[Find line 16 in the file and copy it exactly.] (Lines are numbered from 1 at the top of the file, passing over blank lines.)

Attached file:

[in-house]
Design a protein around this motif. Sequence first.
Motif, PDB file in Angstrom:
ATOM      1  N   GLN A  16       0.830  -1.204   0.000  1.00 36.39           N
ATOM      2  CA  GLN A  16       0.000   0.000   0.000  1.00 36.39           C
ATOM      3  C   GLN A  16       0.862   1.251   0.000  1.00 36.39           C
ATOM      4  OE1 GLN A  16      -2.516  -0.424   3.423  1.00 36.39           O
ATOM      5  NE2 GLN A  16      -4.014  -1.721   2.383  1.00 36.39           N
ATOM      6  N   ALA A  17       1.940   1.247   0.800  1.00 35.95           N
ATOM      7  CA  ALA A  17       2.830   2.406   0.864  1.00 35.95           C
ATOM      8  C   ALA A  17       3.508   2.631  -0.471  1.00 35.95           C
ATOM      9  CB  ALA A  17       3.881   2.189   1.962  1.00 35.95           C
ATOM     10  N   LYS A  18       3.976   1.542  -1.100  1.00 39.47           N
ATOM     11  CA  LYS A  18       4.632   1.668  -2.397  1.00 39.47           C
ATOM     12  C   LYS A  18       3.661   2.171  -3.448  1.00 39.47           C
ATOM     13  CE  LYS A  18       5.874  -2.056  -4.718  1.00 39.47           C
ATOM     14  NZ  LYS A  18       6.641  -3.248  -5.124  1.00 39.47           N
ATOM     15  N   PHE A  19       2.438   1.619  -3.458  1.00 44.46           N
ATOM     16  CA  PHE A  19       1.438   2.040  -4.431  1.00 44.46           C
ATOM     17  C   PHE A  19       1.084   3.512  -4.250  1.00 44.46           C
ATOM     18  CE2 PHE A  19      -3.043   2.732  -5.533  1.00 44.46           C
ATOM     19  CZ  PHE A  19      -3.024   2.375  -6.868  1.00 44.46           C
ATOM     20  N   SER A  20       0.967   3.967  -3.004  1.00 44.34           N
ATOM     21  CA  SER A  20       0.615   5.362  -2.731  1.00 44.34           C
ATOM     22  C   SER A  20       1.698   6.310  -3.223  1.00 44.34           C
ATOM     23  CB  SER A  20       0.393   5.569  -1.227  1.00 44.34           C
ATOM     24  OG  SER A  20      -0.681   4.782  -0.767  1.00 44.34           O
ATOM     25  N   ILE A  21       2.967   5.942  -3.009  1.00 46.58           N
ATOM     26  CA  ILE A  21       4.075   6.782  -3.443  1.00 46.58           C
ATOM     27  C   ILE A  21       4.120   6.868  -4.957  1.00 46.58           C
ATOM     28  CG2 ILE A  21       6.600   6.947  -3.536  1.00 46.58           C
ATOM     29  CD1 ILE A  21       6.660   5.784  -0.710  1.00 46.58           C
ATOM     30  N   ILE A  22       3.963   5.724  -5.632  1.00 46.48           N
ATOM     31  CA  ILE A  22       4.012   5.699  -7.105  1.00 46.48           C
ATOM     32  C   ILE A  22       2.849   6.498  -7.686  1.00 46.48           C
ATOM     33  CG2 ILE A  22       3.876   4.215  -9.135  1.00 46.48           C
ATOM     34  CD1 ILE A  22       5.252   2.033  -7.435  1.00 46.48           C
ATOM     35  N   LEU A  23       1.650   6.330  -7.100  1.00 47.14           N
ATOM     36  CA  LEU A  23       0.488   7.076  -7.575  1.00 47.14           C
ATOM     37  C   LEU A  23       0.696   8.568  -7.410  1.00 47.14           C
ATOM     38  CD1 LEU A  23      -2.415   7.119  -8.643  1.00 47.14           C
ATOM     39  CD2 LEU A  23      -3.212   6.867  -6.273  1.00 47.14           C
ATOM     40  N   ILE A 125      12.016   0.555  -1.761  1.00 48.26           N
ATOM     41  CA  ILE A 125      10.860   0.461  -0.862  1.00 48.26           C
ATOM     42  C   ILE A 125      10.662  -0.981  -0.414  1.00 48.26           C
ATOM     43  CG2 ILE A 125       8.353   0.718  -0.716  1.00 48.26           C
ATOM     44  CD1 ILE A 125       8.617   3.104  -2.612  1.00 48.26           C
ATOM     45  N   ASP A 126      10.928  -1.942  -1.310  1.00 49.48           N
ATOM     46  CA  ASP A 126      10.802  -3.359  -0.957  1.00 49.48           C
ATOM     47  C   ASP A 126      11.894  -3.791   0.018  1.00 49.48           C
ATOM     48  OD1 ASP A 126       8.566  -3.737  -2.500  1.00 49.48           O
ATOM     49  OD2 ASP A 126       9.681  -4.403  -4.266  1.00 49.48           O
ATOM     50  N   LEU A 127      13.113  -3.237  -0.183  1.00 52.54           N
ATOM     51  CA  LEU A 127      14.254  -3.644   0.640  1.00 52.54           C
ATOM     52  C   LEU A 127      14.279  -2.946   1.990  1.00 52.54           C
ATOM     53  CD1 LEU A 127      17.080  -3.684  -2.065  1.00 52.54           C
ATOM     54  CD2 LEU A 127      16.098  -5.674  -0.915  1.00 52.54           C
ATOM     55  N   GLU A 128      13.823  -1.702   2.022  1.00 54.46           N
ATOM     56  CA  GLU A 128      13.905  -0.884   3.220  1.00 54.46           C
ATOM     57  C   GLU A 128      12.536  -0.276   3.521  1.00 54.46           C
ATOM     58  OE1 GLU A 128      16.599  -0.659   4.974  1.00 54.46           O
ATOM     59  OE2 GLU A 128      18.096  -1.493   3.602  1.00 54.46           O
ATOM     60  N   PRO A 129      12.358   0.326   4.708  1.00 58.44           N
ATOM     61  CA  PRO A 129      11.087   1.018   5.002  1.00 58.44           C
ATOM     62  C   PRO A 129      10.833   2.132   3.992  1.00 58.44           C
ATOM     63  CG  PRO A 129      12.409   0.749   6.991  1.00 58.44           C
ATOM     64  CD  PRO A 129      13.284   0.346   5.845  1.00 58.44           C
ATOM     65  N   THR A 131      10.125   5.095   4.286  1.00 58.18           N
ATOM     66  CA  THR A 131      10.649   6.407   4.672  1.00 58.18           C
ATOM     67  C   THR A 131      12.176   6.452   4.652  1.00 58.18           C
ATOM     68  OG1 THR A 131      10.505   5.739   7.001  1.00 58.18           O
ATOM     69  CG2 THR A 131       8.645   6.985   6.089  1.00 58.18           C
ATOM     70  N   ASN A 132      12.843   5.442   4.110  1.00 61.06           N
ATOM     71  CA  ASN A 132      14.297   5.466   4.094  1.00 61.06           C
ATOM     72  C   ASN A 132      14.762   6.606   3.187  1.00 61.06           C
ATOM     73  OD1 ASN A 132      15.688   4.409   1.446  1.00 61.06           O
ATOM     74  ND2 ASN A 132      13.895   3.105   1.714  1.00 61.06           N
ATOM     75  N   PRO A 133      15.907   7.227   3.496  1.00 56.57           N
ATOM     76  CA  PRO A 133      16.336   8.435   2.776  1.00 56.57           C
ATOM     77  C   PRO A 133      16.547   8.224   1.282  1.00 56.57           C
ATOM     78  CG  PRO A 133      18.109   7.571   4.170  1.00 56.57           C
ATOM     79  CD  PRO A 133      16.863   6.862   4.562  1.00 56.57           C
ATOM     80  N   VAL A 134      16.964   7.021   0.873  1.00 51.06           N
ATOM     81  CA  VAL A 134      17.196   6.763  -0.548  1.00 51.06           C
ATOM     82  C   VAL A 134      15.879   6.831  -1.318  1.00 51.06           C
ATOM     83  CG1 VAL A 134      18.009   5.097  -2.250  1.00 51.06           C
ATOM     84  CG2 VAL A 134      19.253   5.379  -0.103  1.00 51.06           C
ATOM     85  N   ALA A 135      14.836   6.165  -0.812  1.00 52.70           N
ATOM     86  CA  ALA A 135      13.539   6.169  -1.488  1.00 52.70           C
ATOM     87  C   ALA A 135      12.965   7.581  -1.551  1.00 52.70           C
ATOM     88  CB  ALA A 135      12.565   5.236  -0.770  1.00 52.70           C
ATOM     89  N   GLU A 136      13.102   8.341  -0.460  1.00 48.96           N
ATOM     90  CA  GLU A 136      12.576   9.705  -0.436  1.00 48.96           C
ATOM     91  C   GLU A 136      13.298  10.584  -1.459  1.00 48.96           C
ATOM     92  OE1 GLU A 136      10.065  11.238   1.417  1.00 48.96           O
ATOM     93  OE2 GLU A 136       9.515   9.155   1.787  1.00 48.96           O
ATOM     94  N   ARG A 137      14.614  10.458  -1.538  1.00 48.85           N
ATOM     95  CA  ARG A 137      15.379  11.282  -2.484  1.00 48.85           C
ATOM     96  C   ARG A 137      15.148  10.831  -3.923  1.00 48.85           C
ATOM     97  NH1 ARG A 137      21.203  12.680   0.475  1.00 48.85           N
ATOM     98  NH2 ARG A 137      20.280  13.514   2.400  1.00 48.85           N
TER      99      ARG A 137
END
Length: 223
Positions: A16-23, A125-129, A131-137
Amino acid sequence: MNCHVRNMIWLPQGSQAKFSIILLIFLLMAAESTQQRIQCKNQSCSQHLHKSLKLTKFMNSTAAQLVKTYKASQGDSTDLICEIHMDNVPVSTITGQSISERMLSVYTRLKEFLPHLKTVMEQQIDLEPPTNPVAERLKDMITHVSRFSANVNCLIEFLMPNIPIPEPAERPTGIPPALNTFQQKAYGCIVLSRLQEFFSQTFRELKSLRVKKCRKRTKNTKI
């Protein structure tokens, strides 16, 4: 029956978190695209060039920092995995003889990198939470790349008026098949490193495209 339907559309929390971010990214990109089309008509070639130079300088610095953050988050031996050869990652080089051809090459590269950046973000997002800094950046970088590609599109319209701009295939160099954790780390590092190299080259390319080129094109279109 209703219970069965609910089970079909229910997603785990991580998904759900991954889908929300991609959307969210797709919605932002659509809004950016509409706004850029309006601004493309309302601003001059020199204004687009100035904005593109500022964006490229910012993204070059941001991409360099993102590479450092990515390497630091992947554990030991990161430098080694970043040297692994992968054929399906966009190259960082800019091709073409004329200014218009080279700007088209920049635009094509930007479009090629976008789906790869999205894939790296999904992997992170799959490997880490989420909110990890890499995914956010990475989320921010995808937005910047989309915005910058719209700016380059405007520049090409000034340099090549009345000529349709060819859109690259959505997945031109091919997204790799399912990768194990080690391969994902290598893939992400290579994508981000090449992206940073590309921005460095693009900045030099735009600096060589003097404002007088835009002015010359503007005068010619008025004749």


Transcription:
ATOM     13  CE  LYS A  18       5.874  -2.056  -4.718  1.00 39.47           C